Kaufman, A., & Kaufman, N. (2014). Kaufman Assessment Battery for Children | Second Edition Normative Update. Pearson.

Kumar, S., Kartikey, D., & Singh, T. (2021). Intelligence Tests for Different Age Groups and Intellectual Disability: A Brief Overview. Journal of Psychosocial Research, 16(1), 199-209.

Wechsler, D. (2021). Wechsler Intelligence Scale for Children | Fifth Edition. Pearson.

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Question 


Prior to beginning work on this discussion forum, read or watch the following resources:

Chapters 3 and 4 in your textbook,
None of the Above – Why Standardized Testing Fails: Bob Sternberg at TEDxOStateULinks to an external site.
Teleassessment With Children and Adolescents During the Coronavirus (COVID-19) Pandemic and Beyond: Practice and Policy ImplicationsLinks to an external site.
Intelligence Tests for Different Age Groups and Intellectual Disability: A Brief OverviewLinks to an external site.
For this discussion, you are to explore a variety of intelligence tests or tests of achievement. Select at least three standardized, individually administered intelligence tests or tests of achievement from the lists below.

Applications of Intelligence and Achievement Results

Applications of Intelligence and Achievement Results

Note: It is common for there to be a delay between the time a test publisher updates a test and the time a textbook and other authors can update their information about the new version of the test. Be sure to do online research to make sure you are recommending the most current version of the test. If there is a newer version than the version discussed in the textbook, other readings, or listed below, discuss the newest version available.

List A (Select two tests from this list.)

Bayley Scales of Infant and Toddler Development, Fourth Edition (Bayley-4)
Kaufman Assessment Battery for Children, Second Edition, Normative Update (KABC-II-NU)
Kaufman Test of Educational Achievement, Third Edition (KTEA-3)
Stanford-Binet Intelligence Scales, Fifth Edition (SB5)
Wechsler Individual Achievement Test, Fourth Edition (WIAT- IV)
Woodcock-Johnson IV (WJ IV) Tests of Achievement
Woodcock-Johnson IV (WJ IV) Tests of Cognitive Abilities
List B (Select one test from this list.)

Wechsler Preschool and Primary Scale of Intelligence, Fourth Edition (WPPSI – IV)
Wechsler Intelligence Scale for Children, Fifth Edition (WISC-V)
Wechsler Adult Intelligence Scale, Fourth Edition (WAIS–V)
Research up-to-date information about the tests you selected by visiting the test publishers’ websites, your required video and readings, and at least one additional peer-reviewed journal article published within the last 15 years. Review the resource from the University of Arizona Global Campus Library resource, Scholarly, Peer-Reviewed, and Other Credible Sources Links to an external site., for guidance on identifying a peer-reviewed journal article.

To successfully complete this discussion, your post must be at least 600 words and include the following:

Identify the name of each test, author or authors, test publisher, and the publication year of the most recent version of the test.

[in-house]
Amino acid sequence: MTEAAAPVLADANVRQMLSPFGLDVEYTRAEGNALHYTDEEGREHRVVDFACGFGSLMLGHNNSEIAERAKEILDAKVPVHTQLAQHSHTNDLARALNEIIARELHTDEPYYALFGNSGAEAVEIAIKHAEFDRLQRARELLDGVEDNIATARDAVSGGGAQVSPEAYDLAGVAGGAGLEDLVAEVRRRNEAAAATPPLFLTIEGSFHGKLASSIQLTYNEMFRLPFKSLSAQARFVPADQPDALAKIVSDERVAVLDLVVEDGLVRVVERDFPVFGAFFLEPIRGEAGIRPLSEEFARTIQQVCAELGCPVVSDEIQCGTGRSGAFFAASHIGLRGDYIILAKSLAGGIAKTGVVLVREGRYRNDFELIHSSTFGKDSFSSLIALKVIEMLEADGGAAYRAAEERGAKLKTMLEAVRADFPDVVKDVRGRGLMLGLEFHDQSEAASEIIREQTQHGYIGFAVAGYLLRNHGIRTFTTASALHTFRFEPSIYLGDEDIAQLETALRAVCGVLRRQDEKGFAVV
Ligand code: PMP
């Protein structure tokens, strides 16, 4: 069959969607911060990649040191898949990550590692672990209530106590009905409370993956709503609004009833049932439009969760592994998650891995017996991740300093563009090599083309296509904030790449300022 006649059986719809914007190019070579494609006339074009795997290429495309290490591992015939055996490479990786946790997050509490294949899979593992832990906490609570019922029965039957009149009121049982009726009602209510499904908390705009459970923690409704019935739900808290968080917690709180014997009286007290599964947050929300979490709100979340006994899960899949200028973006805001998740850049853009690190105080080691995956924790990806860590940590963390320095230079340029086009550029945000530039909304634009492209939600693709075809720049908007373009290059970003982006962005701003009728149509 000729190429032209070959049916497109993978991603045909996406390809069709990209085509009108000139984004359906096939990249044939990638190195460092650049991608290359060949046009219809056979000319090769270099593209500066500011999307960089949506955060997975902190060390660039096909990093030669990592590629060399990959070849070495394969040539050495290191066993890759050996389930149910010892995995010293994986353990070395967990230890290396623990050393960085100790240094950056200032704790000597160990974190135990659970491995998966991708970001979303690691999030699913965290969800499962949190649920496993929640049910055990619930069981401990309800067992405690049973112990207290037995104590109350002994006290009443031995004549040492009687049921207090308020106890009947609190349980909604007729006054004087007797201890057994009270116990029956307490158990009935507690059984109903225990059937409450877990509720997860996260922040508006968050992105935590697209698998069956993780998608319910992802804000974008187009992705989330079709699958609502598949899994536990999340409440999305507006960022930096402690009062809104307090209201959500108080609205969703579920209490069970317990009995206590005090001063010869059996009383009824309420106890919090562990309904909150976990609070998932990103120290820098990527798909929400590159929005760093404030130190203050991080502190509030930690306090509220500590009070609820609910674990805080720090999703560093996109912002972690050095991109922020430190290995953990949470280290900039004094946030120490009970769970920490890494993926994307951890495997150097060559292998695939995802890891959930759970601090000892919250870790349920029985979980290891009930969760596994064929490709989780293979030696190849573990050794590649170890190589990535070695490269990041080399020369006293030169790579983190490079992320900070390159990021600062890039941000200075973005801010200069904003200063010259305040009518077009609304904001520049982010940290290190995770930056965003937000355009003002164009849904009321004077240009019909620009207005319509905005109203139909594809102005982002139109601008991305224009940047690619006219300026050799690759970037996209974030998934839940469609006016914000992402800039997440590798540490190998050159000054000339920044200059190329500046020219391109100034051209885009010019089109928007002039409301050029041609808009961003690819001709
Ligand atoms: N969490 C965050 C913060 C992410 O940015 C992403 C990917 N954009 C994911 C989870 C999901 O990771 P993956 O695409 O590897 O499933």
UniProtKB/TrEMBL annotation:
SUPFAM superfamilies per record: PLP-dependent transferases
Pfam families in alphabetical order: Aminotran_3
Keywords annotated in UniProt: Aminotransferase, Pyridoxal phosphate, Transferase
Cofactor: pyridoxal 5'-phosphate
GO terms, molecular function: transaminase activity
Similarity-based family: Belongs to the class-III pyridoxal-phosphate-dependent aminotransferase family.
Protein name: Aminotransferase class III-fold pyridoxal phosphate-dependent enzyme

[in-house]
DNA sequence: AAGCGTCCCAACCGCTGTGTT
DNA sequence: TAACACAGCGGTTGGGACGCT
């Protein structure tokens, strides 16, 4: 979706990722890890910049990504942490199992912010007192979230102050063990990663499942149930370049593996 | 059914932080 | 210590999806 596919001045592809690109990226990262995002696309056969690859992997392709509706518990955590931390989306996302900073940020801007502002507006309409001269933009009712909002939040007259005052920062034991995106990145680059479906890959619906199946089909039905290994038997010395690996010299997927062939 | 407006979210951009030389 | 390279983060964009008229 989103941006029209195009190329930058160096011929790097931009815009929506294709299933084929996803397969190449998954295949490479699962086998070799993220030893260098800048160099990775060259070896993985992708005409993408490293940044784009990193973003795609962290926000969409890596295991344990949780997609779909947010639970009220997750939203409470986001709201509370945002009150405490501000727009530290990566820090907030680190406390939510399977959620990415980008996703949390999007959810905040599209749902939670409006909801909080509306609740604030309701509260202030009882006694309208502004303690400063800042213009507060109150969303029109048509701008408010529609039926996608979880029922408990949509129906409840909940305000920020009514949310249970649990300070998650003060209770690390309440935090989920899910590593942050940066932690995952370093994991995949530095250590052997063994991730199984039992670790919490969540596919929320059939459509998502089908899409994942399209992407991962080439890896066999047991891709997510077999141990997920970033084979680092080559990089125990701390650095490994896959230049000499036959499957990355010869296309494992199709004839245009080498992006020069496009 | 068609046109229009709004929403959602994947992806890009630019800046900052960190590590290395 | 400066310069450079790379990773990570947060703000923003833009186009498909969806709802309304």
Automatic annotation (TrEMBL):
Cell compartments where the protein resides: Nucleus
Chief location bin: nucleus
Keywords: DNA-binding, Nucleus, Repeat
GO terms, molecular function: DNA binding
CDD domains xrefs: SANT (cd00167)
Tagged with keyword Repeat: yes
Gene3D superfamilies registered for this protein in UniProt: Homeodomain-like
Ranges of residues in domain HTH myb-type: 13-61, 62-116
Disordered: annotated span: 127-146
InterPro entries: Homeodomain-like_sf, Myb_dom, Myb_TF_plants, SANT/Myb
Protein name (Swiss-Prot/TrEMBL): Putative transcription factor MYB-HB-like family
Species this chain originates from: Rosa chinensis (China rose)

Explain what the test is purported to measure.
Critique the test by including an evaluation of the test’s strengths and weaknesses based on scholarly research.
Identify if the test has an alternate form for remote administration and discuss the pros and cons of remotely administering the test.
Create a brief scenario illustrating how the test(s) might be utilized in professional practice.
You may create one scenario incorporating all three tests or three individual scenarios.
Include relevant demographic information about the individuals to whom the test will be administered in your scenario (e.g., age, gender, ethnicity, language, psychological or medical diagnoses, and relevant cultural or geographic information). Address any ethical, reliability, or validity concerns relevant to the scenario.
Support ideas you share in your post by referencing the required resources for this week and at least one additional peer-reviewed journal article published within the last 15 years.
The reference list and any instructions copied into the discussion forum do not contribute to the minimum word count. Be sure to document your sources by including APA Style-formatted citations and references. Review the UAGC Writing Center’s resources, APA: Formatting Your References List Links to an external site. And APA: Citing Within Your Paper Links to an external site. For guidance.

Required Responses: Due by Day 7

Review several of your classmates’ posts, and by Day 7 (Monday), respond to at least two of your peers in posts of at least 250 words each. Peer responses should be scholarly, insightful, and well-written. The goal of the discussion forum is to foster continual dialogue, similar to what might occur in a verbal face-to-face exchange among scholars and other professionals. Discuss topics of interest relevant to the week’s assignments. Also, consider the following in your responses:

Identify any relevant connections between your understanding of the course material and that of your peer.
Ask relevant questions about the information shared by your peer.
If appropriate, share examples from your own experiences or knowledge that support your evaluation of the weekly discussion prompt. (Only share information that is appropriate to share in a public academic/professional forum.)
Link ideas you share with your colleague to credible Scholarly, Peer-Reviewed, and Other Credible Sources Links to an external site.by including APA-formatted citations and references. Review the University of Arizona Global Campus Writing Center’s resources, APA: Formatting Your References List Links to an external site. And APA: Citing Within Your Paper Links to an external site. For guidance.